And yes, it is easy to make your own sushi. If oahu goes easter-island, I figure I'll be down to making it with geckos after the first 6 months.

WT: RE your comments on the "Wants" economy:

I have long thought that we could easily reduce motor fuel consumption quickly and easily. All we have to do is outlaw the RV type of vehicle, ranging from motor homes to the boats they often drag, and make the Snowbirds either move or stay at home, but of course there is a problem. I don't want to be the guy who has to break the news to either the owner of one of those monstrosities doing the pulling or any of the folks who sell them. Since we have a free market, everybody is able to waste fuel in an unfettered fashion, but this could be easily rectified with respect to those fuel guzzlers. I have to use heavy vehicles in doing oil lease work, but when I see a motor home brought out in the field to house a lone hunter for the short deer hunting season, and the field dressing wasting about a third of the meat, it really makes me furious. But, I get over all that when I fix the lease roads they tore up getting out after a good rain. Like one hunter said, "Yeah I got stuck, but he had a big enough winch to pull myself out. It wasn't a problem."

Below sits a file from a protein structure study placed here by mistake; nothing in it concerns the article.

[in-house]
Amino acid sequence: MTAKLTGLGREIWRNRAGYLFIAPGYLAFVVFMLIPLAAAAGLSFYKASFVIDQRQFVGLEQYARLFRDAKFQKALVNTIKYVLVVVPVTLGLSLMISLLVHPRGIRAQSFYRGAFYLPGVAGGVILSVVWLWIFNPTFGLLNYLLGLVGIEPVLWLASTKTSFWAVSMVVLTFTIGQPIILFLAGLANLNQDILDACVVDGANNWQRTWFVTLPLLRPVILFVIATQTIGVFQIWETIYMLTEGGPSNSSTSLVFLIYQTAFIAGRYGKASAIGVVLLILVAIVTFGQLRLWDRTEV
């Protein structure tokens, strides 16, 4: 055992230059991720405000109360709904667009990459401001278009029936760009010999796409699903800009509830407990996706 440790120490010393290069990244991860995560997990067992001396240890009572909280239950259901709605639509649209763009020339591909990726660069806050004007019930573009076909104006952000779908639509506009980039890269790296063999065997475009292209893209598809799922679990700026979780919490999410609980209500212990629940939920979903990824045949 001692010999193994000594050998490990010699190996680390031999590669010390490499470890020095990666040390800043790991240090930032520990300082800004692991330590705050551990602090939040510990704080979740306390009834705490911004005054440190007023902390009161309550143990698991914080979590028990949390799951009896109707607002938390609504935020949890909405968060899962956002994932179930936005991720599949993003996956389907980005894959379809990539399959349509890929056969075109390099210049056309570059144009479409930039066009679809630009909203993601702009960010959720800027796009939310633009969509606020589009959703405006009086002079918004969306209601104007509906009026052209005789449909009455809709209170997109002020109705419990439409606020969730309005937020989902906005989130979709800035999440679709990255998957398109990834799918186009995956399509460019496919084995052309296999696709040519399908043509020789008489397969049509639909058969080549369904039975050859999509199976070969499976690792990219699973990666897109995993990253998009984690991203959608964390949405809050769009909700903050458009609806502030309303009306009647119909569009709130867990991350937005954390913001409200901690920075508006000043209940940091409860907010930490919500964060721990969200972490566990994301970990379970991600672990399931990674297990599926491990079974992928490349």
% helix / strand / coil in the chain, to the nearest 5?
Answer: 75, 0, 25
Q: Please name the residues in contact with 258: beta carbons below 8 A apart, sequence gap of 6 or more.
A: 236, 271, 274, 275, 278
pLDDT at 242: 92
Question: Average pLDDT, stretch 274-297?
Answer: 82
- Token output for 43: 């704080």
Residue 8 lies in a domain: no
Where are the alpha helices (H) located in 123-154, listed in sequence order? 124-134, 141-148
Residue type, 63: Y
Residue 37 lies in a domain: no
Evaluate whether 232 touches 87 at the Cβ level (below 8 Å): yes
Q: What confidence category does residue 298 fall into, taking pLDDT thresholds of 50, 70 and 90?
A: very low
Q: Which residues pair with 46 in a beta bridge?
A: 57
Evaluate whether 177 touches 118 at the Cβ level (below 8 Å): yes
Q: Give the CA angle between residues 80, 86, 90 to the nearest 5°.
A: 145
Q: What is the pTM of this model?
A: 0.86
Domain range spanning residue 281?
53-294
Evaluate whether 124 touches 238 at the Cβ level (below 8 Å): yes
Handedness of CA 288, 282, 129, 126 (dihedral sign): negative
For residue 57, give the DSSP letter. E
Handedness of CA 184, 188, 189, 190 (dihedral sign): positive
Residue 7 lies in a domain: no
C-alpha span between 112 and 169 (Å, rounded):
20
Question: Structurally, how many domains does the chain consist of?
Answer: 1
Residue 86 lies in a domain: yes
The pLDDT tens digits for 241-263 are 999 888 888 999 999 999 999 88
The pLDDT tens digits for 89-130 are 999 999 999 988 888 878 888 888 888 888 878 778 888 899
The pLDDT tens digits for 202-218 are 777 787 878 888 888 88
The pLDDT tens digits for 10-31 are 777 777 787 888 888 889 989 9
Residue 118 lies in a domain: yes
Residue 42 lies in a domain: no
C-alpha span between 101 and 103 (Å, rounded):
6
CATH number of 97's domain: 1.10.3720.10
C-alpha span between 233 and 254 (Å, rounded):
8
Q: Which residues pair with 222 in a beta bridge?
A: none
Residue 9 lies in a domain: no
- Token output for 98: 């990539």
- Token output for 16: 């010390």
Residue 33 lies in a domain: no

For the hunter it was a want. For the guy who got the hunter's $100K for the motor home, it was feeding the want. For me, I got left with the need to fix the roads.

All that leaves me with nothing for a witty closing.

Woody, while I understand your point that there are some RVers who waste fuel in an exorbitant way, please don't cast your net so large. I am not a believer in over-indulgence either, but there is another side to the issue.